Food is considered contaminated when unwanted microorganisms are present. Most of the time the contamination is natural, but sometimes it is artificial. Natural contamination occurs when microorganisms attach themselves to foods while the foods are in their growing stages. For instance, fruits are often contaminated with yeasts because yeasts ferment the carbohydrates in fruits. Artificial contamination occurs when food is handled or processed, such as when fecal bacteria enter food through improper handling procedures.
Food spoilage is a disagreeable change or departure from the food's normal state. Such a change can be detected with the senses of smell, taste, touch, or vision. Changes occurring in food depend upon the composition of food and the microorganisms present in it and result from chemical reactions relating to the metabolic activities of microorganisms as they grow in the food.
Types of spoilage. Various physical, chemical, and biological factors play contributing roles in spoilage. For instance, microorganisms that break down fats grow in sweet butter (unsalted butter) and cause a type of spoilage calledrancidity. Certain types of fungi and bacteria fall into this category. Species of the Gram-negative bacterial rod Pseudomonas are major causes of rancidity. The microorganisms break down the fats in butter to produce glycerol and acids, both of which are responsible for the smell and taste of rancid butter.
Another example occurs in meat, which is primarily protein. Bacteria able to digest protein (proteolytic bacteria) break down the protein in meat and release odoriferous products such as putrescine and cadaverine. Chemical products such as these result from the incomplete utilization of the amino acids in the protein.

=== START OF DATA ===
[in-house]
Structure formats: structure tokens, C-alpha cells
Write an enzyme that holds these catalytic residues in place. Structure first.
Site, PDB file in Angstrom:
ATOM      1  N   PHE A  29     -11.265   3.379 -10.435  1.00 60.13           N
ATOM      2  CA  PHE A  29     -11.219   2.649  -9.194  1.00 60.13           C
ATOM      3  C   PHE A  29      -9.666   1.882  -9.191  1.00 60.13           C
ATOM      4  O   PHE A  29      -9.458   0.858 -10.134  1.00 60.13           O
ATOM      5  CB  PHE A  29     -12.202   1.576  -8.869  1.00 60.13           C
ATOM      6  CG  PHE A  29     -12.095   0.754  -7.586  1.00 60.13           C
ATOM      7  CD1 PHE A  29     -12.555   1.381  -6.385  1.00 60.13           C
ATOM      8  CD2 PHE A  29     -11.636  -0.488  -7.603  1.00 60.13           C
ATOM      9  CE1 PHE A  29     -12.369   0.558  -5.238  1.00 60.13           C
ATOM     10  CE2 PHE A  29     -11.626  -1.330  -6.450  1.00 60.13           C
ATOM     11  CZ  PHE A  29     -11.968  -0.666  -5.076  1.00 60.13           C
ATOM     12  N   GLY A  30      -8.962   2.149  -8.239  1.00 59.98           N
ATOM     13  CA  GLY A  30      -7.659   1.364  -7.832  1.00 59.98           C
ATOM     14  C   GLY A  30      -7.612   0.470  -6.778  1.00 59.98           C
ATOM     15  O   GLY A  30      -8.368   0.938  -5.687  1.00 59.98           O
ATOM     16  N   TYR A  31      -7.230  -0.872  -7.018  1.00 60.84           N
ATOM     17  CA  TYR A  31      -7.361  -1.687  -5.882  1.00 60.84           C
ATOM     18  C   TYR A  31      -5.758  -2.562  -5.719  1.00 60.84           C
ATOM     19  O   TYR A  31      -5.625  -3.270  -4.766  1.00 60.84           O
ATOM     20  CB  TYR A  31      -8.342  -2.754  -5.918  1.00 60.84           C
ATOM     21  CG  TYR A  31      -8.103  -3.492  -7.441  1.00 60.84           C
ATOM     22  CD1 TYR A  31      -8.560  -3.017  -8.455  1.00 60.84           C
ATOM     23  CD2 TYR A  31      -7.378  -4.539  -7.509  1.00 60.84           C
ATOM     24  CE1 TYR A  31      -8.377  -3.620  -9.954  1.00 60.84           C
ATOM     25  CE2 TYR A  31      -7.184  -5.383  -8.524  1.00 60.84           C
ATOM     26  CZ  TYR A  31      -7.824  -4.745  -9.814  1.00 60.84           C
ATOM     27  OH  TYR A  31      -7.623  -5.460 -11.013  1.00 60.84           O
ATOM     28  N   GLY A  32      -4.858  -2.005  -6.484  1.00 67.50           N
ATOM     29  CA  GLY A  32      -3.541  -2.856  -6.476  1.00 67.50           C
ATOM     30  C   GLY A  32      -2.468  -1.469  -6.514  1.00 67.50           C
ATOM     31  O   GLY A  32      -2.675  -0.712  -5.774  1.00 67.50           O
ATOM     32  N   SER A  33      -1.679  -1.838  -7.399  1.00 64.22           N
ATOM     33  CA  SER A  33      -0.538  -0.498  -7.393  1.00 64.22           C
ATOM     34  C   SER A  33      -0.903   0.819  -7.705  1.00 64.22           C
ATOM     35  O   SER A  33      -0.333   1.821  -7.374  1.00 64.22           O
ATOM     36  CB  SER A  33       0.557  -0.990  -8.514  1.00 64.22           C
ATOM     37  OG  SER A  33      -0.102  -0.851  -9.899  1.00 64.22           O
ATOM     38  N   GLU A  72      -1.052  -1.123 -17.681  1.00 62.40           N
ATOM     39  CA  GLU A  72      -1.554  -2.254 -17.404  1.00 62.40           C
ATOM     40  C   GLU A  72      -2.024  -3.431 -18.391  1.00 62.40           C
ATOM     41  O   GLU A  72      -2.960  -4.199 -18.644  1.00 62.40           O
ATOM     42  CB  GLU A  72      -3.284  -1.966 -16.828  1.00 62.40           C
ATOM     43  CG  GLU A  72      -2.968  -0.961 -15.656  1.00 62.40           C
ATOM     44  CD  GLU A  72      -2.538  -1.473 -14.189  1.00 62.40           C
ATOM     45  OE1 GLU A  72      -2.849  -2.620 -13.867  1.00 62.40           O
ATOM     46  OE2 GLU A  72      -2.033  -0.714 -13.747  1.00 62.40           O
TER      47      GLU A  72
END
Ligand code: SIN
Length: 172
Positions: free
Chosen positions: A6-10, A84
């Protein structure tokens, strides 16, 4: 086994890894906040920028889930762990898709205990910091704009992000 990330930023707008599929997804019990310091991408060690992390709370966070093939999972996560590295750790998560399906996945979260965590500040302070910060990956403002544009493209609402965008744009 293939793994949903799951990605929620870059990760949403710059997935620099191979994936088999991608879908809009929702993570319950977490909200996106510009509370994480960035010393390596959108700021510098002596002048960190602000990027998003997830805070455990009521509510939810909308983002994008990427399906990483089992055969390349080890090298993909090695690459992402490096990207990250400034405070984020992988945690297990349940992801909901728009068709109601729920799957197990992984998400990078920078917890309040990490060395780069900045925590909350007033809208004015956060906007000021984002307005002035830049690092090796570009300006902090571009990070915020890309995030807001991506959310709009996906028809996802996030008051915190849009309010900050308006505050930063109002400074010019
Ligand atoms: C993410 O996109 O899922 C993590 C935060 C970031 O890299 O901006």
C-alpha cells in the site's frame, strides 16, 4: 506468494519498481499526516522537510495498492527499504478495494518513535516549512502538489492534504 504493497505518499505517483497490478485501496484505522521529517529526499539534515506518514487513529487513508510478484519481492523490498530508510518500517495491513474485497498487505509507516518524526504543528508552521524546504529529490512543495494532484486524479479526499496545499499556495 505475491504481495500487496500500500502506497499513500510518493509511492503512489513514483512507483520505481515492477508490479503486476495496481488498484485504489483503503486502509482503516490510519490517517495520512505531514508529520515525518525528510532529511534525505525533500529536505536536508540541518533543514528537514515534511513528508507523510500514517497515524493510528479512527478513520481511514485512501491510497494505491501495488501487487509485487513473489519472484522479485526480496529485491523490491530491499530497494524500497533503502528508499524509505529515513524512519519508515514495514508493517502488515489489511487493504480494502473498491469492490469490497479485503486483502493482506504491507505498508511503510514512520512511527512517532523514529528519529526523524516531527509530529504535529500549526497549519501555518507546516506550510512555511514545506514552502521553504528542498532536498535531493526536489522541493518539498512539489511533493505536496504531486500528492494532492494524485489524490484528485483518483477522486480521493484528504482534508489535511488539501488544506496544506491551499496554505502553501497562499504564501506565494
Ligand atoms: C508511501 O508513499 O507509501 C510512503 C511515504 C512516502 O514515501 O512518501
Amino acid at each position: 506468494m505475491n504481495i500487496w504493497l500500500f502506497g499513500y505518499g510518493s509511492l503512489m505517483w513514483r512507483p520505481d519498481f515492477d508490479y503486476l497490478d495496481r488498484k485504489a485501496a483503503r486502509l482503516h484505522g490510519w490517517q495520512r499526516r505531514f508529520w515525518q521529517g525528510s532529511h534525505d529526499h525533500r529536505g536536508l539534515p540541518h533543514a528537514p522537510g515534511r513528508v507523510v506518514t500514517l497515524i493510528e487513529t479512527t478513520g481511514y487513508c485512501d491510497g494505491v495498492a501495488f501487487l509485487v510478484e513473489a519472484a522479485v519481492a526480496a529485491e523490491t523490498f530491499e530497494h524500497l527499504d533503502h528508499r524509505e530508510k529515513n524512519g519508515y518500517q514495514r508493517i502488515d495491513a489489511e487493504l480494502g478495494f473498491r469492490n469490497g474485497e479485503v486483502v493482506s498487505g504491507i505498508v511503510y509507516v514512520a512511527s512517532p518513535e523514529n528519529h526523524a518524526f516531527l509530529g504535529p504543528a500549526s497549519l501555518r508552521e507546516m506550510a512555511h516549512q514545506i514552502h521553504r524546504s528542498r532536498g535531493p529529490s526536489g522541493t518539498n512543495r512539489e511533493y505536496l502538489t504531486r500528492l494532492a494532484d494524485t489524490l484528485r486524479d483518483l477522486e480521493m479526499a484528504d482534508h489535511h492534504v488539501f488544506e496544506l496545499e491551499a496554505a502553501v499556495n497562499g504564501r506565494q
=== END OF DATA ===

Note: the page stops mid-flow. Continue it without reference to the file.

Food spoilage can also result in a sour taste. If milk is kept too long, for example, it will sour. In this case, bacteria that have survived pasteurization grow in the milk and produce acid from the carbohydrate lactose in it. The spoilage will occur more rapidly if the milk is held at room temperature than if refrigerated. The sour taste is due to the presence of lactic acid, acetic acid, butyric acid, and other food acids.
Sources of microorganisms. The general sources of food spoilage microorganisms are the air, soil, sewage, and animal wastes. Microorganisms clinging to foods grown in the ground are potential spoilers of the food. Meats and fish products are contaminated by bacteria from the animal's internal organs, skin, and feet. Meat is rapidly contaminated when it is ground for hamburger or sausage because the bacteria normally present on the outside of the meat move into the chopped meat where there are many air pockets and a rich supply of moisture. Fish tissues are contaminated more readily than meat because they are of a looser consistency and are easily penetrated.
Canned foods are sterilized before being placed on the grocery shelf, but if the sterilization has been unsuccessful, contamination or food spoilage may occur. Swollen cans usually contain gas produced by members of the genus Clostridium. Sour spoilage without gas is commonly due to members of the genus Bacillus. This type of spoilage is called flat-sour spoilage. Lactobacilli are responsible for acid spoilage when they break down the carbohydrates in foods and produce detectable amounts of acid.
Among the important criteria determining the type of spoilage are the nature of the food preserved, the length of time before it is consumed, and the handling methods needed to process the foods. Various criteria determine which preservation methods are used.